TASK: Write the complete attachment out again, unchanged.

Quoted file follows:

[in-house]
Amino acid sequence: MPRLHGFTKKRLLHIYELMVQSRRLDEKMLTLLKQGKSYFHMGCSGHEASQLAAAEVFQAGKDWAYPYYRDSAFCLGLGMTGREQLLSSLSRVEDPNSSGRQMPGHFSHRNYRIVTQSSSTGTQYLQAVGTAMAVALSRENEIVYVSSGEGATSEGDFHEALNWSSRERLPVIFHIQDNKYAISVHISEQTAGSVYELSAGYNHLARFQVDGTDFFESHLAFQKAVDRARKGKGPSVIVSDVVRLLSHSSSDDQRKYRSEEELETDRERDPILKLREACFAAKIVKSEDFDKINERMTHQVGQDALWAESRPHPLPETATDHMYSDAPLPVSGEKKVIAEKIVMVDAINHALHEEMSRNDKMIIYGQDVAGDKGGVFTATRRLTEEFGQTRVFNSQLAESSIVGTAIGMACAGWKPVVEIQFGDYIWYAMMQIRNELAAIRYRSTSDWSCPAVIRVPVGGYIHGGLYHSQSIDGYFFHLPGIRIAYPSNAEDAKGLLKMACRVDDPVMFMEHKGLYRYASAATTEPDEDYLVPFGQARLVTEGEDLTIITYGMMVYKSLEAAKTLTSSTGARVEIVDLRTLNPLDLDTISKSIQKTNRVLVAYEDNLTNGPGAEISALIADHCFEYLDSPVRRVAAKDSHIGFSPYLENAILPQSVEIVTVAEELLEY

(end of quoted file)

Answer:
[in-house]
Amino acid sequence: MPRLHGFTKKRLLHIYELMVQSRRLDEKMLTLLKQGKSYFHMGCSGHEASQLAAAEVFQAGKDWAYPYYRDSAFCLGLGMTGREQLLSSLSRVEDPNSSGRQMPGHFSHRNYRIVTQSSSTGTQYLQAVGTAMAVALSRENEIVYVSSGEGATSEGDFHEALNWSSRERLPVIFHIQDNKYAISVHISEQTAGSVYELSAGYNHLARFQVDGTDFFESHLAFQKAVDRARKGKGPSVIVSDVVRLLSHSSSDDQRKYRSEEELETDRERDPILKLREACFAAKIVKSEDFDKINERMTHQVGQDALWAESRPHPLPETATDHMYSDAPLPVSGEKKVIAEKIVMVDAINHALHEEMSRNDKMIIYGQDVAGDKGGVFTATRRLTEEFGQTRVFNSQLAESSIVGTAIGMACAGWKPVVEIQFGDYIWYAMMQIRNELAAIRYRSTSDWSCPAVIRVPVGGYIHGGLYHSQSIDGYFFHLPGIRIAYPSNAEDAKGLLKMACRVDDPVMFMEHKGLYRYASAATTEPDEDYLVPFGQARLVTEGEDLTIITYGMMVYKSLEAAKTLTSSTGARVEIVDLRTLNPLDLDTISKSIQKTNRVLVAYEDNLTNGPGAEISALIADHCFEYLDSPVRRVAAKDSHIGFSPYLENAILPQSVEIVTVAEELLEY